Newspaper review: Papers analyse unrest in Syria
In the words of the Times, the growing unrest in Syria poses an unprecedented challenge to one of the Middle East's most repressive dictatorships.
Protesters are becoming increasingly bold in their attacks, the paper says.
The Daily Telegraph says President Bashar al-Assad is no longer facing an isolated, local revolt.
The Financial Times has the verdict of think tank the Crisis Group which warns that the Syrian leadership is rapidly approaching a defining moment.
An interview with Justice Secretary Kenneth Clarke generates front page headlines for the Guardian.
In the paper's words, he has ratcheted up government pressure to depose Col Gaddafi by warning that the Libyan leader could stage another Lockerbie-style attack in revenge for Britain's role in enforcing the no-fly zone.
The paper also remarks Mr Clarke is extremely frank in admitting that the British government has little idea how long the conflict will take or how it will be resolved.
Under the headline "field of secrets", the Sun pictures officers digging on farmland in Gloucestershire as part of a search for a second body.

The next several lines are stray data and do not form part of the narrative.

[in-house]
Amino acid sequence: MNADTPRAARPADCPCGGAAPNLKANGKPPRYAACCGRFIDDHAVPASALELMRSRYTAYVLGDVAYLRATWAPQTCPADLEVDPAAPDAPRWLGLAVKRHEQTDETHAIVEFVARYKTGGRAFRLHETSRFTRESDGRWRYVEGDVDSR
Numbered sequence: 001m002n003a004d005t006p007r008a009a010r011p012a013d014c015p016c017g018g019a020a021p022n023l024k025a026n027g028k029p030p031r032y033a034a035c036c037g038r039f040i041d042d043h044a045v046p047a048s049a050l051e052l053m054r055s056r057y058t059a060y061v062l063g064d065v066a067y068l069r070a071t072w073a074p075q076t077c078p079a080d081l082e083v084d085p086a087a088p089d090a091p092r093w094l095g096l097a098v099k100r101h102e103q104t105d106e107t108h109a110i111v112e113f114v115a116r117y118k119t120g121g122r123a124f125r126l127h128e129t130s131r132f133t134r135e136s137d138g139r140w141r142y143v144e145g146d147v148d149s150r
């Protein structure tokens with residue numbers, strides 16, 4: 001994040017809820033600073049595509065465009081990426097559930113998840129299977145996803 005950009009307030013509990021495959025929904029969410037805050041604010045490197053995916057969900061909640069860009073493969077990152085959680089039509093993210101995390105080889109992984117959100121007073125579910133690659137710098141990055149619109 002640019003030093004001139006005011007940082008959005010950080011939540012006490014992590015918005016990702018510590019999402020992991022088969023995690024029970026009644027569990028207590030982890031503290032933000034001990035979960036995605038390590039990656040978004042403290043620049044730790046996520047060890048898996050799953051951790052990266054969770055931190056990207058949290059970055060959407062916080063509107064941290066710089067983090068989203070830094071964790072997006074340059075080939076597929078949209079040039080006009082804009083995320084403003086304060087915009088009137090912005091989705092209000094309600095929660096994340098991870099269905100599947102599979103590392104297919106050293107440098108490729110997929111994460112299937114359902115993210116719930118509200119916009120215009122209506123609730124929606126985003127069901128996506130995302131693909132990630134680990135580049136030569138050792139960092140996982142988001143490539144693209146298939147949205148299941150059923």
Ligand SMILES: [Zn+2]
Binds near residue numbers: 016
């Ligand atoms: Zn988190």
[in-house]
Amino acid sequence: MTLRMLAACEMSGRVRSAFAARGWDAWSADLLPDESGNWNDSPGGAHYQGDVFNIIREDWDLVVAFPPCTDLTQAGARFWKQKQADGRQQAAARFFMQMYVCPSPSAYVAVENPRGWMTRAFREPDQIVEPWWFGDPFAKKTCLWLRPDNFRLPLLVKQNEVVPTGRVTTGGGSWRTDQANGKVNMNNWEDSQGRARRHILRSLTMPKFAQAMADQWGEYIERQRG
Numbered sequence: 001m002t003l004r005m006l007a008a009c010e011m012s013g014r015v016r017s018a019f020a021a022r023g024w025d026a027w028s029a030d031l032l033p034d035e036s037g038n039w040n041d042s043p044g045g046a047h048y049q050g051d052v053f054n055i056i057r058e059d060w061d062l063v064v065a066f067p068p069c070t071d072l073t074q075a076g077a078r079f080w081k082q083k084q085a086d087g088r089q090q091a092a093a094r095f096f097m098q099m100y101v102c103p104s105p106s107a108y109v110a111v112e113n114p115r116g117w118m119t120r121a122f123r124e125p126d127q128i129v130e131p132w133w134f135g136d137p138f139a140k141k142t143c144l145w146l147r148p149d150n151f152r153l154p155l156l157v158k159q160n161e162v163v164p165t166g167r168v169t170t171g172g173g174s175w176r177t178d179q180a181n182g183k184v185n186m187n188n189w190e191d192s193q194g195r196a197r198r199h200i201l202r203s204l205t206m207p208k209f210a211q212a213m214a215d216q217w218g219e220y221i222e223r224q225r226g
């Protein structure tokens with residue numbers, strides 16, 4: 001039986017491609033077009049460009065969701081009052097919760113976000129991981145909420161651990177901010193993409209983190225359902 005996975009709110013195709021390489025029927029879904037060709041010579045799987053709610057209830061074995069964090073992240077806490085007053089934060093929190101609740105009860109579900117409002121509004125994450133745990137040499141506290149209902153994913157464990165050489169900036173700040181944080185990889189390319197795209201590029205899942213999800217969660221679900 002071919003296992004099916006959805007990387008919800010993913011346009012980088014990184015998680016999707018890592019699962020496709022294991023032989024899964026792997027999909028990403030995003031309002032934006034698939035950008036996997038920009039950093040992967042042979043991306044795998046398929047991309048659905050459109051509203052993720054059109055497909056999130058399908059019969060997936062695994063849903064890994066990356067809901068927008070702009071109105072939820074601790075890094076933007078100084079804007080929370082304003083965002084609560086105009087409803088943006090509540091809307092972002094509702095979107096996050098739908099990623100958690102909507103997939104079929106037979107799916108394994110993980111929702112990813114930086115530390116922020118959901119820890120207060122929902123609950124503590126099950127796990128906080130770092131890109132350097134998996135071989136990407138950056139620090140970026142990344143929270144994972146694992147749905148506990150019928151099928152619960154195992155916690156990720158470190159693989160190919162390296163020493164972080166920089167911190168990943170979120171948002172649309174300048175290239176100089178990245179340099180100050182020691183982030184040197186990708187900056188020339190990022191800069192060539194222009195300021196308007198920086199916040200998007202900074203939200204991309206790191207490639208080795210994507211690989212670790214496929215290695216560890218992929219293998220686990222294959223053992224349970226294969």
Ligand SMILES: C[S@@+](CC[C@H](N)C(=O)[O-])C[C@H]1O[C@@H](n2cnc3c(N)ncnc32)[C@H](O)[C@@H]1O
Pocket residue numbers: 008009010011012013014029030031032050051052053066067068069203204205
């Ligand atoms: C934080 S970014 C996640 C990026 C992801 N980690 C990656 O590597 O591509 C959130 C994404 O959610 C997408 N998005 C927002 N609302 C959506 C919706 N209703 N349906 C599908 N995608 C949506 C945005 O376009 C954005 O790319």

Amid widespread speculation about the identity of that victim, the Daily Mail notes that after 24 hours of intense activity there was no indication of the name, or even the gender, of the missing person.
The Independent's correspondent Daniel Howden describes his journey through a landscape devastated by the tsunami to the stricken Fukushima nuclear plant.
And it "suggested no let-up in the fight against a meltdown", he writes.
Meanwhile, the Daily Telegraph says the owners of diesel cars face higher annual parking permit charges in major cities because of pollution concerns.
It says Kensington and Chelsea council will impose a £15 levy next month, with other urban councils set to follow.